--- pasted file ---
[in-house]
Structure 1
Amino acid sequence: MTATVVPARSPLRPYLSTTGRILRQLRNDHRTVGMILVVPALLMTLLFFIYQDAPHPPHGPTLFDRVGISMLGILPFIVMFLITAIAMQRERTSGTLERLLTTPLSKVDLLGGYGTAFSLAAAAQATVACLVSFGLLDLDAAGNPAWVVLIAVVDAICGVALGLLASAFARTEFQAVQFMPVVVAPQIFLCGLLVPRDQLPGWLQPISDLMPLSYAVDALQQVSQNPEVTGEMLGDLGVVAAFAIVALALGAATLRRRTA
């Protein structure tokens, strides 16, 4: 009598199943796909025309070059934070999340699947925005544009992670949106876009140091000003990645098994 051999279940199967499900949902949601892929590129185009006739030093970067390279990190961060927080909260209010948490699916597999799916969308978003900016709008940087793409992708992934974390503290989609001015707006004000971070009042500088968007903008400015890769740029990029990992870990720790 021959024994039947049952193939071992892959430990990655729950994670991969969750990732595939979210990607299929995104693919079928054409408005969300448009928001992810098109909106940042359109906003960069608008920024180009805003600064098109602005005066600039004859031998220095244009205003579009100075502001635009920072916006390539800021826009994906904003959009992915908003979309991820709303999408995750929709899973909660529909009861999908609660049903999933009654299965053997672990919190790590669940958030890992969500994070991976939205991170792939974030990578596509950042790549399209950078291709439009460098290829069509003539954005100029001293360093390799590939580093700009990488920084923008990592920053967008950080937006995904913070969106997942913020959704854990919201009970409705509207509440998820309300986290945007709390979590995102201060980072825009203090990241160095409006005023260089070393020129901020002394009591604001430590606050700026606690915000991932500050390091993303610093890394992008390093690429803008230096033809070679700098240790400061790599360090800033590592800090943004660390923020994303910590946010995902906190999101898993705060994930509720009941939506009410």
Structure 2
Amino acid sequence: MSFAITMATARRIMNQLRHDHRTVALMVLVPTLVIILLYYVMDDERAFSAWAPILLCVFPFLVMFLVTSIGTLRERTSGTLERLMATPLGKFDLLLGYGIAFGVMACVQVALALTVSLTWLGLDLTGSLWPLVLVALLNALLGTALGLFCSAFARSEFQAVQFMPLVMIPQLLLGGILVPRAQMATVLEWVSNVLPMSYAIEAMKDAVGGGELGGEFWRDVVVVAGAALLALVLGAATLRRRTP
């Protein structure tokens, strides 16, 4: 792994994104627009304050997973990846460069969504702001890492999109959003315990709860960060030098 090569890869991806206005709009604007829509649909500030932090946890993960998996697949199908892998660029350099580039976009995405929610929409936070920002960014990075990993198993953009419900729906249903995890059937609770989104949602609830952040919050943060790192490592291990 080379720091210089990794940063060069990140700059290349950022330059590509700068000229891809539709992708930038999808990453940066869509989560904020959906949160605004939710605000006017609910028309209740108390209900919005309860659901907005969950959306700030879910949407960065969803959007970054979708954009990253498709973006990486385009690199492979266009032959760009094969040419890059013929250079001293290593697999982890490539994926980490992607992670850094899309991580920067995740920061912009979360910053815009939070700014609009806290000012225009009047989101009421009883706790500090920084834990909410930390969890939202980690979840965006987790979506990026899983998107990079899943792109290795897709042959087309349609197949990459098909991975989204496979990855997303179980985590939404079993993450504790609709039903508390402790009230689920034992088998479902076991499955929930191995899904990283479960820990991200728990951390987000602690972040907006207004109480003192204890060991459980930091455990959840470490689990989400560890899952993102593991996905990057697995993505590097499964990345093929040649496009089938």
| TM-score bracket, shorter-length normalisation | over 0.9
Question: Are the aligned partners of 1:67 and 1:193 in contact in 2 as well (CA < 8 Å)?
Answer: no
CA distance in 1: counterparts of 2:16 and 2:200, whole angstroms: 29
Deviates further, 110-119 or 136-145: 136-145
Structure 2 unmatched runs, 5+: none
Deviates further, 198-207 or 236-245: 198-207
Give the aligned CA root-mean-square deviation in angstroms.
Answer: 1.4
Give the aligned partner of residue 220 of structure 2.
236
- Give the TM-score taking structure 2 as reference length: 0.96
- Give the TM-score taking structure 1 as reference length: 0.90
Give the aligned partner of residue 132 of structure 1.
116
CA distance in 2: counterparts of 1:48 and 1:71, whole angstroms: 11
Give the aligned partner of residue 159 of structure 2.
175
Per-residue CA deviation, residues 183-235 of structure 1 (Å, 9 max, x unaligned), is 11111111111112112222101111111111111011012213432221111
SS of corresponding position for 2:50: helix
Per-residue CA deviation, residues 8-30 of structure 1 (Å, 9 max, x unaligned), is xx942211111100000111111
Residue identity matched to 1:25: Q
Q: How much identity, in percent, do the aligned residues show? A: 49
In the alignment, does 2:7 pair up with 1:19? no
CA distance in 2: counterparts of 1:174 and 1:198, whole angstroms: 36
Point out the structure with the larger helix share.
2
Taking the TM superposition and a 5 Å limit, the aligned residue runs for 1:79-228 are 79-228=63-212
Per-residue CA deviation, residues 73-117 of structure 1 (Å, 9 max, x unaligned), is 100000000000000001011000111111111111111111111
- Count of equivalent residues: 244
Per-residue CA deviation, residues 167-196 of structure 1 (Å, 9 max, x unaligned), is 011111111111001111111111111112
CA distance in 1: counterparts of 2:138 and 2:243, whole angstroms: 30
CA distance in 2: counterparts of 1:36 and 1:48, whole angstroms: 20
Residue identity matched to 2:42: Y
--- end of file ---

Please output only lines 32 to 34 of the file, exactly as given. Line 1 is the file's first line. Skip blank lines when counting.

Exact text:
CA distance in 2: counterparts of 1:174 and 1:198, whole angstroms: 36
Point out the structure with the larger helix share.
2